The Oedipus Cycle
Sophocles presents us with two men in the Oedipus Cycle, Oedipus, and his uncle Creon. Both are rulers of Thebes and share in their similarities as kings, fathers, and deservers of their fate; yet their similarities are few, while their differences number. Although Oedipus and Creon share these similarities: political, familial and religious (that is to say their gods and fate) their lives are quite different. As kings, they both become rulers of Thebes by a twist of fate. Oedipus kills the sphinx and becomes king.
After his exile, his sons kill each other, leaving Creon king.
Both have sons that disrespect them. Oedipus’s sons turn a blind eye as he is banished from Thebes. “These were the two / who saw me in disgrace and banishment/ and never lifted a hand for me” (Oedipus Rex: 108). Haimon threatens Creon’s life and vows that Creon will never see him again. “And you will never see my face again. / Go on raving as long as you’ve a friend to endure / you” (Antigone: 223).
He even goes so far as to call his father perverse. “If you were not my father, / I’d say you were perverse” (Antigone: 222).
They both upset the gods when they act out of necessity. Oedipus has to kill Laios or be killed. Creon treats Polyneices like a traitor should by refusing him his right to be buried. Their differences, now, as kings, are that Oedipus rules the people of Thebes with love, as a father might his children, love. The Thebans love and respect him as well. “You see how all the ages of our people / Cling to you altar steps; … Yet we have come to you to make our prayer / As to the man surest in mortal ways / And wisest in the ways of God…
Noblest of men, restore / Life to your city” (Oedipus Rex: 4-5)! Creon, however, does not have the love and respect of the Thebans. Haimon says as much: Your temper terrifies them – everyone Will tell you only what you like to hear… They say no woman has ever, so unreasonably, Died so shameful a death for a generous act: ‘She covered her brother’s body. Is this indecent? She kept him from dogs and vultures. Is this a Crime? Death? – She should have all the honor that we Can give her! ‘ This is the way they talk out there in the city.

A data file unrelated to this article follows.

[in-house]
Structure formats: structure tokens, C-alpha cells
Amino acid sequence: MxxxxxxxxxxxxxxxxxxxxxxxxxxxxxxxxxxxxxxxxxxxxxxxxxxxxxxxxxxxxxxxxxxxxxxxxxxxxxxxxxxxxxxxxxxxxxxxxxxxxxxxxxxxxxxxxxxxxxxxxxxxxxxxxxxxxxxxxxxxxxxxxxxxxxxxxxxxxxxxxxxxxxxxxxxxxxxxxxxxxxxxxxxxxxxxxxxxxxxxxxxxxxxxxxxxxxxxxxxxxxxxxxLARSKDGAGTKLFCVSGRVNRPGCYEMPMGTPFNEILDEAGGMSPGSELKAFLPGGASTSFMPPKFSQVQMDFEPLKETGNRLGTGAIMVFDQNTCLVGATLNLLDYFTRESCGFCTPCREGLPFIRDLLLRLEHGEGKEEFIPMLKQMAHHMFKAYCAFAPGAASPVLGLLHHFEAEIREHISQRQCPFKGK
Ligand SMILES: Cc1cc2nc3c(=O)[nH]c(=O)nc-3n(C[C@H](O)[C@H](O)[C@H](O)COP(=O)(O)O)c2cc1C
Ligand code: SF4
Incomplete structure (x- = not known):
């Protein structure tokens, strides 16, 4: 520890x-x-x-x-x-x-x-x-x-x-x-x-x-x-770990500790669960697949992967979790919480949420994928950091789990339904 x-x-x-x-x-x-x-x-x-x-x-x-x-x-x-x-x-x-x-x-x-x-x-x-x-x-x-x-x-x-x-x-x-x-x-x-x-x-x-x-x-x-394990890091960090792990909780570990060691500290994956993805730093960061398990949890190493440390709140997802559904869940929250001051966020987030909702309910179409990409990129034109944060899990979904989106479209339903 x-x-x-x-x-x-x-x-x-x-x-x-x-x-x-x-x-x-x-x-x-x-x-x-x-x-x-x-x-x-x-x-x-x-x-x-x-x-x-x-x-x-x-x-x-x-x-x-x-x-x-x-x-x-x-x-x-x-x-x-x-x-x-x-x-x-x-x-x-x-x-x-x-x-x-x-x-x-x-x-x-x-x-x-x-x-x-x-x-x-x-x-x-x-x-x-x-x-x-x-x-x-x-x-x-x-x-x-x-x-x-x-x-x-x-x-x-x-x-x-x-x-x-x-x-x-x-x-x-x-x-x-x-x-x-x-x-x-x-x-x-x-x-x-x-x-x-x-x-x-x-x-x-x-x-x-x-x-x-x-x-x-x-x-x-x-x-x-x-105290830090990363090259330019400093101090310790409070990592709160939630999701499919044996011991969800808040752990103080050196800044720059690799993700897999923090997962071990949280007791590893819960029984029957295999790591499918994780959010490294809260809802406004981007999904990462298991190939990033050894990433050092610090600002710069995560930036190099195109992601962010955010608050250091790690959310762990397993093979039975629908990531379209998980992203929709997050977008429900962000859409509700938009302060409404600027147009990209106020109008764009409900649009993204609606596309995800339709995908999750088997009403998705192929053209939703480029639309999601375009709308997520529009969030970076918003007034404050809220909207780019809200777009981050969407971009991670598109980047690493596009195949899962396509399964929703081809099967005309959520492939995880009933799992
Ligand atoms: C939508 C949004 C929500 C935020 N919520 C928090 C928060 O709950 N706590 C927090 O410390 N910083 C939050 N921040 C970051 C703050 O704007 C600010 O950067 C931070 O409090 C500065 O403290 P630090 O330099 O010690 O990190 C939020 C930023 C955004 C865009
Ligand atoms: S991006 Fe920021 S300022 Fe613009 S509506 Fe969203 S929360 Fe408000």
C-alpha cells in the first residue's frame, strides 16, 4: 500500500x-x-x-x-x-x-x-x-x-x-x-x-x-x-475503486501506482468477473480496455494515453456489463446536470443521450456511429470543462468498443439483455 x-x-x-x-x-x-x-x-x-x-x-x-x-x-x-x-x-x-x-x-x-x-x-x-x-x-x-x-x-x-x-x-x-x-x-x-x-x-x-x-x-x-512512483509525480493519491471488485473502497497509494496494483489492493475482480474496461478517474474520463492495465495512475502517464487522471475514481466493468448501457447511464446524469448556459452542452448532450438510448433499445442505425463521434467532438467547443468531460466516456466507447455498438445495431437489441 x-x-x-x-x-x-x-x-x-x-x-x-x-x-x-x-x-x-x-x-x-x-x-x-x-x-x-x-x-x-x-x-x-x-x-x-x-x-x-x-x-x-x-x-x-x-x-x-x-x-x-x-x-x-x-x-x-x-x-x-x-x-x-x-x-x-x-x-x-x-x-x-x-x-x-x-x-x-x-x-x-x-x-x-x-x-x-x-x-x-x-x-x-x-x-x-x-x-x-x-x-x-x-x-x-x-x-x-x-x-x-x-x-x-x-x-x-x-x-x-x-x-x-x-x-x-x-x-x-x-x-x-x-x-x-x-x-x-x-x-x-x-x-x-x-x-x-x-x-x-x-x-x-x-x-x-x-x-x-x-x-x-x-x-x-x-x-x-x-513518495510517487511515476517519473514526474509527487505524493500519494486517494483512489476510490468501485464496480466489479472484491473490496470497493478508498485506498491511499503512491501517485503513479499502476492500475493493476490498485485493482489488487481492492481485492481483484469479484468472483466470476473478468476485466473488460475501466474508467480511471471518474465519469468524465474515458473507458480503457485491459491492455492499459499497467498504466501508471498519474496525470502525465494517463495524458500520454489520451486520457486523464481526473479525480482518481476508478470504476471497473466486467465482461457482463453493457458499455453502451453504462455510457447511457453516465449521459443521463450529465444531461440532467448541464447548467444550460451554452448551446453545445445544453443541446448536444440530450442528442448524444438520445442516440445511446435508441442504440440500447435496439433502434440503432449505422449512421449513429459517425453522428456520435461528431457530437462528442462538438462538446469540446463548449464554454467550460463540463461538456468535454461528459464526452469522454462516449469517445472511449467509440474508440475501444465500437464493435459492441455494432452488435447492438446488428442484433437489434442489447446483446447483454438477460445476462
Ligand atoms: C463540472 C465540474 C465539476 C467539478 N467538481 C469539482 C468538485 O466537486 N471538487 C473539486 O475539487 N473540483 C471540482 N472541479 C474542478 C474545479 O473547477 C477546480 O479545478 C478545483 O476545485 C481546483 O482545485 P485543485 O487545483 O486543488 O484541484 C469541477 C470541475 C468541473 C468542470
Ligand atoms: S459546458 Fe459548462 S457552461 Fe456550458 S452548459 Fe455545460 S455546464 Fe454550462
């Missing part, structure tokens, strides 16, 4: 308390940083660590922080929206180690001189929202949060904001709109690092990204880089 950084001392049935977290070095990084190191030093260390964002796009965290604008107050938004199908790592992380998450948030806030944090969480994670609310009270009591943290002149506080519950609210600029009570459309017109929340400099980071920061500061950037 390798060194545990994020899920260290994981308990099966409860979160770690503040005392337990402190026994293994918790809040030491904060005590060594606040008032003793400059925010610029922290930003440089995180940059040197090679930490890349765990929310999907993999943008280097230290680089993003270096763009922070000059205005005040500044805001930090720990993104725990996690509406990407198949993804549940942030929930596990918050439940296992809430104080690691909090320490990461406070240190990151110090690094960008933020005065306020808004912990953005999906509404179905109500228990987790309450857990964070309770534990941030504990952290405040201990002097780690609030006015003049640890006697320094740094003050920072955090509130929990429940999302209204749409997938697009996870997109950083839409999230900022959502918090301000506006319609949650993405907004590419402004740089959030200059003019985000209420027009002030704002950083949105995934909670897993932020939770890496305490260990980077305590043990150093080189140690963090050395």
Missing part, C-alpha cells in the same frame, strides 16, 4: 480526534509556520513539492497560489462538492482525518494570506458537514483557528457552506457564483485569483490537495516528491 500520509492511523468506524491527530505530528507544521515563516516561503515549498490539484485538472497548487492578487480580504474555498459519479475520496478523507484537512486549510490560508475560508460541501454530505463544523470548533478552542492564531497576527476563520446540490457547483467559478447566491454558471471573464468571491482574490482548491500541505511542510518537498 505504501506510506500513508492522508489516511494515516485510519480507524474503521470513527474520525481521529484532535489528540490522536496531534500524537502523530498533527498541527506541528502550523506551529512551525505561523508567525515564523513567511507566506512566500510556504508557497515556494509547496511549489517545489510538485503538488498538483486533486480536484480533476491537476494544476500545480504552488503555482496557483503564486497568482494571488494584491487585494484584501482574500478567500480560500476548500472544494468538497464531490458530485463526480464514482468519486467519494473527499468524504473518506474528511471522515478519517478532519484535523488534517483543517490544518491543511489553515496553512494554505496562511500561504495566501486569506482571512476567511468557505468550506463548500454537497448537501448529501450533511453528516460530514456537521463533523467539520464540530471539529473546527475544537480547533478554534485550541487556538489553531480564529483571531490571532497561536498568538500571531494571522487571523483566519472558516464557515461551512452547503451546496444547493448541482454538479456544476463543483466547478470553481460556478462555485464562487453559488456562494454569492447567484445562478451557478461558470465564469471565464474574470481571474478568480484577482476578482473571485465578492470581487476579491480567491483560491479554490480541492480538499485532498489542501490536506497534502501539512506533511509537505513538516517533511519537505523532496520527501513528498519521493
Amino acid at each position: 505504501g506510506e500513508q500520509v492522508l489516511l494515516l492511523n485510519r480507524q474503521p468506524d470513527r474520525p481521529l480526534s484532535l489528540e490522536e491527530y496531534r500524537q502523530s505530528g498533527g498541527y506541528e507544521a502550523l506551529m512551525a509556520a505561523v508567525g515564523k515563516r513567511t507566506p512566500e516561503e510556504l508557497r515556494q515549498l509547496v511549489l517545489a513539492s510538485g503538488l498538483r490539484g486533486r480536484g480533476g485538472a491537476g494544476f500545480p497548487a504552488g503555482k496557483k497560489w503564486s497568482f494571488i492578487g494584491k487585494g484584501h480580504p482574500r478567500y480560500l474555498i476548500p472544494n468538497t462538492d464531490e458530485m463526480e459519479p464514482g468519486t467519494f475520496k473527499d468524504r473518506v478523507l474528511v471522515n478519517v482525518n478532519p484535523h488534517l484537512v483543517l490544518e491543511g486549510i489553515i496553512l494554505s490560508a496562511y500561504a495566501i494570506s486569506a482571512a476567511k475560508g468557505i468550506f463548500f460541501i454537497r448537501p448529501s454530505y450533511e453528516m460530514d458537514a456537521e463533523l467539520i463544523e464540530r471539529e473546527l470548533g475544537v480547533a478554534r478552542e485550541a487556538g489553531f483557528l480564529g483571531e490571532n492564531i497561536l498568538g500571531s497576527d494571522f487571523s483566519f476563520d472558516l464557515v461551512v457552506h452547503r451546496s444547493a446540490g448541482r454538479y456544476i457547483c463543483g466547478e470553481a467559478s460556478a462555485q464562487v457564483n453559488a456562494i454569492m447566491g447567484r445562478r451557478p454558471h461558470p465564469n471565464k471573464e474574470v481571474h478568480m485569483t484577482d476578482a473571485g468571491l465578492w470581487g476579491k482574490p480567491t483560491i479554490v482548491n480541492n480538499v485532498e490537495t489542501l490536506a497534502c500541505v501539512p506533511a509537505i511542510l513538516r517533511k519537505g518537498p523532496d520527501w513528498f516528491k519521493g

(Antigone: 218-219) Haimon tells his father that the people of Thebes disagree greatly with his edict and his punishment of Antigone. So much so that even the son of the king hears some of their whispering. As a father, Oedipus begets children by his own mother; thus, his children are his siblings as well. Creon’s son, Haimon, is just that, his son. He is not his father’s brother as well. Those of Oedipus children who were present when he died cried and lamented his death. “I wish that charnel Hell would take me / In one death with our father.
/ This is such desolation / I cannot go on living” (Oedipus at Colonus: 168). Creon’s son, toward the end, despises his father so much that he takes his own life. “But Haimon spat in his face. He said not a word, / Staring — / And suddenly drew his sword / And lunged. Creon shrank back, the blade missed; / and the boy, / Desperate against himself, drove it half its length / Into his own side, and fell” (Antigone: 241). , Rather than endure, again, what his father has thus far put him through, he dies with Antigone’s corpse in his arms. In their fate lies yet another difference.
Oedipus kills his father because he stands to get run over by Laios. He marries his mother because, as the man who solves the riddle of the sphinx, he is the savior of Thebes and is given to the widowed queen, Iocasta, as a husband. He fathers children by her because it is his duty, as well as hers, to provide heirs to the kingdom. He does not know that the acts he commits are serious moral sins until the final scene of Oedipus Rex. Therefore, he does not deserve the fate to walk, as the man in the sphinx’s riddle, with a third leg, his cane.
Creon knows the Greeks Thanatopsis or, view on death. He knows the ritual of burying the dead. That is why his sin, refusing to bury Polyneices, is so terrible. He knows this will doom Polyneices to never descend to the underworld and his final resting place. It is not until his exchange with Teiresias and the Choragus that he realizes his error, and by then it is to late. “Come with me to the tomb. I buried her, I / Will set her free. / Oh quickly! / My mind misgives — / The laws of the gods are mighty, and a man must / serve them / To the last day of his life” (Antigone: 236)!
And therein lies the dynamic. Two men of the same bloodline, alike in their actions and intent, but differing in fate; as magnets of different poles are driven by the same force, so too are the decisions of Oedipus and Creon. Their goal is the same: the betterment of Thebes. And, as those two magnets are opposites, these men are opposites: in life and fate. “Fate, it seems, is not without a sense of Irony. ” (Morpheus to Neo in The Matrix) Two Guys, a Kingdom, and a Nasty Fate By: Dustin McCrory ENGL 1159 Sec. 159 Kay Murphy Paper # 3 March 18, 2001.
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